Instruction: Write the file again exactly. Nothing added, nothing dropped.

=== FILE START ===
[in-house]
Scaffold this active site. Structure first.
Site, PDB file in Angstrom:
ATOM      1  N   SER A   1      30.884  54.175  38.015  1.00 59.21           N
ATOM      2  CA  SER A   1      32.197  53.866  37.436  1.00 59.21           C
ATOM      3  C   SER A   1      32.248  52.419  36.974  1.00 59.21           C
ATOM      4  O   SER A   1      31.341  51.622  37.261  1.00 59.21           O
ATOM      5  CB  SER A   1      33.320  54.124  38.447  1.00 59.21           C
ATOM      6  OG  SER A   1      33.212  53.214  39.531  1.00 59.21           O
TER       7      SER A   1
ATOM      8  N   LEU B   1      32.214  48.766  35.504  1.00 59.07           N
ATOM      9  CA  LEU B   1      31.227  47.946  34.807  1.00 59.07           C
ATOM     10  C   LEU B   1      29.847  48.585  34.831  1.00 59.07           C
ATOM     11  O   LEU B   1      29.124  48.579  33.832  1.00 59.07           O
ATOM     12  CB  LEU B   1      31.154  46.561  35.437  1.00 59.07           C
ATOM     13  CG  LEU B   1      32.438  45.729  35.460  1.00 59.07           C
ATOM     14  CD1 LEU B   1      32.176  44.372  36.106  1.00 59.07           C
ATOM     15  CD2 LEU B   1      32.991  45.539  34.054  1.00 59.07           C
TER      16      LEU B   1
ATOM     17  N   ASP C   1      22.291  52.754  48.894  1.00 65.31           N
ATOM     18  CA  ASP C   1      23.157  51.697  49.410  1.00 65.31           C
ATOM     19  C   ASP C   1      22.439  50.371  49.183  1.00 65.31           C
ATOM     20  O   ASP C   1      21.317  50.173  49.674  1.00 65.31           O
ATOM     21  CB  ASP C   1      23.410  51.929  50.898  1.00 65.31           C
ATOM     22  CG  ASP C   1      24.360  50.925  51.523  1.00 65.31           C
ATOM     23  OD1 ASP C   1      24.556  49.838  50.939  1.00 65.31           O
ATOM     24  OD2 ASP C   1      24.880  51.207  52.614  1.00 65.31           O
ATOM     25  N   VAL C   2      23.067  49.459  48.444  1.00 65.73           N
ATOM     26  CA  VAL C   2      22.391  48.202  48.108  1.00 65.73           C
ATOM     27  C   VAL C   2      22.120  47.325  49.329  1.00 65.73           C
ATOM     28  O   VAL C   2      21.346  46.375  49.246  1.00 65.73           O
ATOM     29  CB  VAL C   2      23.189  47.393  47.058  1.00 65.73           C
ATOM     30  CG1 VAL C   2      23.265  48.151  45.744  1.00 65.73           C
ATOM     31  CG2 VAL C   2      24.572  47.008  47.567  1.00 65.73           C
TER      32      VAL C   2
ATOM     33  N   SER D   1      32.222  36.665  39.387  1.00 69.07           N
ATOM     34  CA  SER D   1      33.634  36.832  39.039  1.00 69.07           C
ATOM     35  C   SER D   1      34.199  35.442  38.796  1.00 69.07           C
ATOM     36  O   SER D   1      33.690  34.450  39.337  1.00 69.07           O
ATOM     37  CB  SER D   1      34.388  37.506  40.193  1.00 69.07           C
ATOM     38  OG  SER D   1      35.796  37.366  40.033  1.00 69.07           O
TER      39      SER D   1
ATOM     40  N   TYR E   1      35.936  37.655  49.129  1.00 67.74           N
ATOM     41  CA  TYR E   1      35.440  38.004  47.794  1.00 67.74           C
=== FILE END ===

[in-house]
Scaffold this active site. Structure first.
Site, PDB file in Angstrom:
ATOM      1  N   SER A   1      30.884  54.175  38.015  1.00 59.21           N
ATOM      2  CA  SER A   1      32.197  53.866  37.436  1.00 59.21           C
ATOM      3  C   SER A   1      32.248  52.419  36.974  1.00 59.21           C
ATOM      4  O   SER A   1      31.341  51.622  37.261  1.00 59.21           O
ATOM      5  CB  SER A   1      33.320  54.124  38.447  1.00 59.21           C
ATOM      6  OG  SER A   1      33.212  53.214  39.531  1.00 59.21           O
TER       7      SER A   1
ATOM      8  N   LEU B   1      32.214  48.766  35.504  1.00 59.07           N
ATOM      9  CA  LEU B   1      31.227  47.946  34.807  1.00 59.07           C
ATOM     10  C   LEU B   1      29.847  48.585  34.831  1.00 59.07           C
ATOM     11  O   LEU B   1      29.124  48.579  33.832  1.00 59.07           O
ATOM     12  CB  LEU B   1      31.154  46.561  35.437  1.00 59.07           C
ATOM     13  CG  LEU B   1      32.438  45.729  35.460  1.00 59.07           C
ATOM     14  CD1 LEU B   1      32.176  44.372  36.106  1.00 59.07           C
ATOM     15  CD2 LEU B   1      32.991  45.539  34.054  1.00 59.07           C
TER      16      LEU B   1
ATOM     17  N   ASP C   1      22.291  52.754  48.894  1.00 65.31           N
ATOM     18  CA  ASP C   1      23.157  51.697  49.410  1.00 65.31           C
ATOM     19  C   ASP C   1      22.439  50.371  49.183  1.00 65.31           C
ATOM     20  O   ASP C   1      21.317  50.173  49.674  1.00 65.31           O
ATOM     21  CB  ASP C   1      23.410  51.929  50.898  1.00 65.31           C
ATOM     22  CG  ASP C   1      24.360  50.925  51.523  1.00 65.31           C
ATOM     23  OD1 ASP C   1      24.556  49.838  50.939  1.00 65.31           O
ATOM     24  OD2 ASP C   1      24.880  51.207  52.614  1.00 65.31           O
ATOM     25  N   VAL C   2      23.067  49.459  48.444  1.00 65.73           N
ATOM     26  CA  VAL C   2      22.391  48.202  48.108  1.00 65.73           C
ATOM     27  C   VAL C   2      22.120  47.325  49.329  1.00 65.73           C
ATOM     28  O   VAL C   2      21.346  46.375  49.246  1.00 65.73           O
ATOM     29  CB  VAL C   2      23.189  47.393  47.058  1.00 65.73           C
ATOM     30  CG1 VAL C   2      23.265  48.151  45.744  1.00 65.73           C
ATOM     31  CG2 VAL C   2      24.572  47.008  47.567  1.00 65.73           C
TER      32      VAL C   2
ATOM     33  N   SER D   1      32.222  36.665  39.387  1.00 69.07           N
ATOM     34  CA  SER D   1      33.634  36.832  39.039  1.00 69.07           C
ATOM     35  C   SER D   1      34.199  35.442  38.796  1.00 69.07           C
ATOM     36  O   SER D   1      33.690  34.450  39.337  1.00 69.07           O
ATOM     37  CB  SER D   1      34.388  37.506  40.193  1.00 69.07           C
ATOM     38  OG  SER D   1      35.796  37.366  40.033  1.00 69.07           O
TER      39      SER D   1
ATOM     40  N   TYR E   1      35.936  37.655  49.129  1.00 67.74           N
ATOM     41  CA  TYR E   1      35.440  38.004  47.794  1.00 67.74           C